HomeNewsAustraliaChrissanthy Tsigolis slashes cost of her eastern suburbs childcare centre to $75...

Chrissanthy Tsigolis slashes cost of her eastern suburbs childcare centre to $75 a day




Chrissanthy Tsigolis has cut the service costs of her eastern suburbs childcare centre by nearly half in a bid to recover from the COVID-19 pandemic, while helping families afford to keep their children enrolled, the Daily Telegraph reports.

Ms Tsigolis, who has been in the childcare industry since 1995, dropped her service prices to as low as $75 a day in Rose Bay and $88 in Rosebery, to provide permanent financial relief for families after the free childcare and JobKeeper ended.

“I wanted to make childcare more attainable and affordable for those who had lost their jobs, their businesses, and could only resort to family to provide early childhood education,” Ms Tisgolis told the Daily Telegraph.

Chrissanthy Tsigolis with Mariella Sahda, 4, at her childcare centre, Bloombirds, in Rosebery. Photo: Justin Lloyd / The Daily Telegraph.

“Reducing my costs by changing the hours and not providing lunch, I could pass those savings onto my families. Our Rose Bay service has seen an increase in occupancy of 46 percent since we introduced the slashed fee.

“Childcare should not be a luxury item. It’s essential.”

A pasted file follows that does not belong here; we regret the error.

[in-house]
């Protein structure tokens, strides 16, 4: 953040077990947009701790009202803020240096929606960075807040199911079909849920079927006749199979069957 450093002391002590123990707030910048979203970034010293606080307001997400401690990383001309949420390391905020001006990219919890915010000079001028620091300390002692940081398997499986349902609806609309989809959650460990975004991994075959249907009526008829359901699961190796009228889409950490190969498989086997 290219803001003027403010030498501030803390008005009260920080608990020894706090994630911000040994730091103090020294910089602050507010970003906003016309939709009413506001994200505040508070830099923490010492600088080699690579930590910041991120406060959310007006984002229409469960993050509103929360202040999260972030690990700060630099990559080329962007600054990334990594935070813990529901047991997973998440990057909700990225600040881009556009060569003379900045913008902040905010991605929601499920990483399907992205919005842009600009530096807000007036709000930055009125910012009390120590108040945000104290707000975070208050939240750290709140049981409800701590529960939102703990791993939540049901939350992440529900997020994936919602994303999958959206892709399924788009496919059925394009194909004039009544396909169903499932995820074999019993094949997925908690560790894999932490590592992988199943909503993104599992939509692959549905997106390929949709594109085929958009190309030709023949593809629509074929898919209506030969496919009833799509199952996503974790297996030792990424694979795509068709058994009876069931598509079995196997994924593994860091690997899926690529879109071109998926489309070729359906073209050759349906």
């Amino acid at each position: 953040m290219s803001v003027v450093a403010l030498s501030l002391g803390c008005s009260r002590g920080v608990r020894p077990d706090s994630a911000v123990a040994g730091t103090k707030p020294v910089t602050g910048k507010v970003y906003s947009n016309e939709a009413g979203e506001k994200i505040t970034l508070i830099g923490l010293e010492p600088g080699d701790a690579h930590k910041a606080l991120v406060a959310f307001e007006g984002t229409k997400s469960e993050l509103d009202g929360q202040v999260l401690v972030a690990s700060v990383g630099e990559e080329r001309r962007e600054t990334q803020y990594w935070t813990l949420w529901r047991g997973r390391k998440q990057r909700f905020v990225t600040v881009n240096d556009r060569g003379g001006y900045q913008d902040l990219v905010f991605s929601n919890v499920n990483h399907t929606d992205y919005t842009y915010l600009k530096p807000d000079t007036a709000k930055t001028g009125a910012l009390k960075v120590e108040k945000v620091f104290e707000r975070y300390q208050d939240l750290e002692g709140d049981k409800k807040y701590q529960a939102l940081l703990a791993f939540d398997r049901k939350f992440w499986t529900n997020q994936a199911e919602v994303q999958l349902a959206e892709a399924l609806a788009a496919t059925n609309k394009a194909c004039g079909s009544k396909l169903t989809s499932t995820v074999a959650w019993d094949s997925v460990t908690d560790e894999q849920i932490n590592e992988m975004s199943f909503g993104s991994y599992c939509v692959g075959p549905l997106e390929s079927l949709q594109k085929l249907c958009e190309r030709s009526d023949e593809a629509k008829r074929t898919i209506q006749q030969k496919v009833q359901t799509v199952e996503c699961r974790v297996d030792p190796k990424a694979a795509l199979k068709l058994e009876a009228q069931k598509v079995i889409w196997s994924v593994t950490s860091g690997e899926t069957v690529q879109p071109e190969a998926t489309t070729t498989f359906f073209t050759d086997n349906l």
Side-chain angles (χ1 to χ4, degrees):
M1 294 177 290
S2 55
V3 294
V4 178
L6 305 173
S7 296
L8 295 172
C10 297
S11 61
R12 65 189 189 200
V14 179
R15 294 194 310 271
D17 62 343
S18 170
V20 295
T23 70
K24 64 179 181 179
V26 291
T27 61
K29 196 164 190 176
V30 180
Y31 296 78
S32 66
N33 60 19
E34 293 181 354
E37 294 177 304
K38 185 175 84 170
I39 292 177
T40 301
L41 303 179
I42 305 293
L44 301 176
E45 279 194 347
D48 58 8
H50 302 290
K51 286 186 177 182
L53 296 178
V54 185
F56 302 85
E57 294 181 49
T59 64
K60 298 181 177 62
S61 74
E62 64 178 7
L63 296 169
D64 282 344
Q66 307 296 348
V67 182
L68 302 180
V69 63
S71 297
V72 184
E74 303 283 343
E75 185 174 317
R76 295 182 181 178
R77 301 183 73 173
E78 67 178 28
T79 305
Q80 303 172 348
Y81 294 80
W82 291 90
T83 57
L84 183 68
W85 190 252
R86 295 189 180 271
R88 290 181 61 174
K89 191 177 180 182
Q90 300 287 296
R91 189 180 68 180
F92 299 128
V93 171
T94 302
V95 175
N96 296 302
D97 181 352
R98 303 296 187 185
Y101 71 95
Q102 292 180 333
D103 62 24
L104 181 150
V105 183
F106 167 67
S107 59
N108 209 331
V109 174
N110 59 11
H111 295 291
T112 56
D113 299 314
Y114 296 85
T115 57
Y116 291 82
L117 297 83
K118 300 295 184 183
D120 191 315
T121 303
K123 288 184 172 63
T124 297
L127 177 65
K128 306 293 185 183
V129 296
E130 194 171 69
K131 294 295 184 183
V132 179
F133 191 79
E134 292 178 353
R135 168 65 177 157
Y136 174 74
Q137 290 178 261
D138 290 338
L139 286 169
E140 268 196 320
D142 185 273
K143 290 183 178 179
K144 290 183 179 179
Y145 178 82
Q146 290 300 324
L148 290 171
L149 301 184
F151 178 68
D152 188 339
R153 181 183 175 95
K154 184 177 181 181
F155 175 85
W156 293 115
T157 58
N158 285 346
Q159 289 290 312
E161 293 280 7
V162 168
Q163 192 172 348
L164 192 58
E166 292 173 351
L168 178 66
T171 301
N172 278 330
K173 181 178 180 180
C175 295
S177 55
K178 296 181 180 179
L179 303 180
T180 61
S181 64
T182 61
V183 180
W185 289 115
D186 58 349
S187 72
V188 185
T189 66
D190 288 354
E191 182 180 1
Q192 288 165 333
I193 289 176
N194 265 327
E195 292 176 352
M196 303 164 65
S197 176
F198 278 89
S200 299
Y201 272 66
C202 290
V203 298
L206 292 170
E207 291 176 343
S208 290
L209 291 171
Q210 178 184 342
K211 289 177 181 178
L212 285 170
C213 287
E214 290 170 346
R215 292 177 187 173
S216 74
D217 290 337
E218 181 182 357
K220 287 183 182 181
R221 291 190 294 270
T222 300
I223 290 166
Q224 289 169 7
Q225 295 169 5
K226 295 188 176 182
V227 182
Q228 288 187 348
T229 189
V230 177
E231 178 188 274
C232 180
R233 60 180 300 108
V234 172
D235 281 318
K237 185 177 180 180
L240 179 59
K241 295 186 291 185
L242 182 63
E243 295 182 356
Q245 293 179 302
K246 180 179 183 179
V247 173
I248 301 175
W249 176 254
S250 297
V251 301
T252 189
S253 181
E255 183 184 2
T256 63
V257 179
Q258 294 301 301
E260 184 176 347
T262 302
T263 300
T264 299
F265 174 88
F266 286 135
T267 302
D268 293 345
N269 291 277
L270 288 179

According to the media outlet, parents around the eastern suburbs can pay anywhere from $110 to $150 a day before government subsidies, while fees in Sydney’s north shore are as high as $177.

However, attendance and enrolments across preschools and childcare facilities declined sharply in the first half of 2020, with 71 percent reporting decreased enrolments for at least one month between March and June.

Early Childhood Australia (ECA) CEO, Samantha Page, says affordability “is an issue” with childcare. Photo: The Daily Telegraph.

Early Childhood Australia (ECA) CEO, Samantha Page, said while centres are reporting that they have vacancies and capacity to take more children, “the issue is affordability.”

“Not all centres have the capacity to (reduce costs), but it is good that services are responding to the needs of families when they can,” Ms Page told the Daily Telegraph.

“Now that JobKeeper has ended and Jobseeker has been reduced, we anticipate there will be more families who will struggle to pay for early education and care.

“If the federal government invested more in early education and care right now it would benefit young children, parents – especially women – and secure the jobs of early childhood educators and teachers.”

Source: The Daily Telegraph.

Recent posts